Applying Satellite Aerosol Retrievals for Improved Lightning Predictions

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Monday, 5 January 2015
Tong Ren, Texas A & M University, College Station, TX; and S. L. Nasiri, J. Mecikalski, and L. Carey

Although aerosol enhancement of lighting activity has been recognized, whether and how aerosol observations can be used for improving lightning prediction remain unclear. To test whether detailed knowledge of the background aerosol state can improve predictability of lightning (initiation and characteristics), we first examine whether or not the currently available satellite aerosol products are applicable to provide aerosol properties for lightning predictions, and then study the statistics of aerosol states and lightning features as well as the advantage of awareness of aerosol states for predicting individual lightning cases.

The Multi-angle Imaging Spectroradiometer (MISR), Moderate-resolution Imaging Spectroradiometer (MODIS), and Ozone Monitoring Instrument (OMI) aerosol optical depth (AOD) retrievals are compared over the Houston area. The results show that due to a higher spatial coverage and temporal resolution of available aerosol retrievals, Terra and Aqua MODIS aerosol products have greater potential for improving lightning predictions than those of MISR and OMI alike. To further test if satellite aerosol retrievals can distinguish the differences between the “high” and “low” aerosol loadings, we therefore compare Terra and Aqua MODIS AOD retrievals with the ground-based AERONET AOD retrievals for the 20 cleanest days and 20 most polluted days in 2011 over Houston and in 2008 over northern Alabama, where long-term lightning observations have been archived. The results show that MODIS compares well to AERONET in both clean and polluted cases even for the case of a complicated urban environment (Houston). The comparisons between MODIS and AERONET are best when the AERONET data are averaged over the hour before and the hour after the satellite overpasses, than when averaged over the entire day. This implies that the satellite is able to capture the current state of the atmosphere and that diurnal aerosol variability, at least over Houston and northern Alabama, can be an important consideration in this analysis.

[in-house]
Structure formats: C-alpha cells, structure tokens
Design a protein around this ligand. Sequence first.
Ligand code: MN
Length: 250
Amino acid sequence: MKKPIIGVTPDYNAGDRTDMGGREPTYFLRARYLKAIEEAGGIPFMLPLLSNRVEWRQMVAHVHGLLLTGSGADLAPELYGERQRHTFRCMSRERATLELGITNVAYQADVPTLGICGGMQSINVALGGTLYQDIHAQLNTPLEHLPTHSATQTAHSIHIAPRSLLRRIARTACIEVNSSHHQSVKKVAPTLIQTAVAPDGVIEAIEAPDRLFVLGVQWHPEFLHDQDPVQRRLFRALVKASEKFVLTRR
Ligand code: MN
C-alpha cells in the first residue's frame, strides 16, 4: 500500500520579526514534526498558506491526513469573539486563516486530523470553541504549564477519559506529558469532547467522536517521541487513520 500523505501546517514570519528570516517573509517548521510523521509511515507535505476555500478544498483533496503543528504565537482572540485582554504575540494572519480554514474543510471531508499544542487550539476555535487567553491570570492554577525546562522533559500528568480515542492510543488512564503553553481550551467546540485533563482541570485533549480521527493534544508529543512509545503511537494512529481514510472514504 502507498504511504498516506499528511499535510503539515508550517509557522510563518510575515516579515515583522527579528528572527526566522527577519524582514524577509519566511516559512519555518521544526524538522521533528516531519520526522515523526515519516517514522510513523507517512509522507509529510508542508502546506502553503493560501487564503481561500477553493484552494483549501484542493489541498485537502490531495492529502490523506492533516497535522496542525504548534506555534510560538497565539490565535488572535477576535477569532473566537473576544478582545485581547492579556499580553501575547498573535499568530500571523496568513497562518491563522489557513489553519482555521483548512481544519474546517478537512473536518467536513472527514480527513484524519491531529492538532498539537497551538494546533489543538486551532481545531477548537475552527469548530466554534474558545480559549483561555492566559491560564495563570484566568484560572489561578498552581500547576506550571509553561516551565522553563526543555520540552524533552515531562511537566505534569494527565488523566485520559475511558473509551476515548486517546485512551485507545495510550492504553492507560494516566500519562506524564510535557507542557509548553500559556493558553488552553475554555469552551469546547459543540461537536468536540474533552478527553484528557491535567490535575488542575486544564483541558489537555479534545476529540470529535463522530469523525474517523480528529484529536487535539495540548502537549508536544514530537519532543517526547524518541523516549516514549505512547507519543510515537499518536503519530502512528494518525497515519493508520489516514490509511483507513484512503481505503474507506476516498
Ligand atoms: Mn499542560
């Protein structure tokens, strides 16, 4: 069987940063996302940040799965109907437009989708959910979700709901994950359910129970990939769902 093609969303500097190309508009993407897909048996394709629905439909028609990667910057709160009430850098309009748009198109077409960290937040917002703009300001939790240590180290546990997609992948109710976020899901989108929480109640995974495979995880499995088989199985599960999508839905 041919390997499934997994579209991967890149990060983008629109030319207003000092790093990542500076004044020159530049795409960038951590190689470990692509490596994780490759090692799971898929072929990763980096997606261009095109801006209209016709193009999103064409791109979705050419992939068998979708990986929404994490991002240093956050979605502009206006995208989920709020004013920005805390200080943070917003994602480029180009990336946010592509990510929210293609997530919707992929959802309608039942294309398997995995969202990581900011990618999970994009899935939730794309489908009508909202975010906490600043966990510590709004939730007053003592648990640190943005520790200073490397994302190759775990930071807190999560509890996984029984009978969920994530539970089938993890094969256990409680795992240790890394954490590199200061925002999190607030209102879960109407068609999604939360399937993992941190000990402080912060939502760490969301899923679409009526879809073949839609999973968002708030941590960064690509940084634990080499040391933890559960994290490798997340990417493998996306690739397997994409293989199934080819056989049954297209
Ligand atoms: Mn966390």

Lightning Mapping Array (LMA) observations and MODIS aerosol retrievals are then used to show the aerosol-lightning statistics over northern Alabama from 2002 to 2013. Moreover, individual lightning cases over Houston and northern Alabama in “high” and “low” aerosol loadings are selected from the Earth Networks Total Lightning Network (ENTLN) and LMA observations to study the usefulness of knowing AOD and particle size for lightning predictions in terms of flash density and initialization.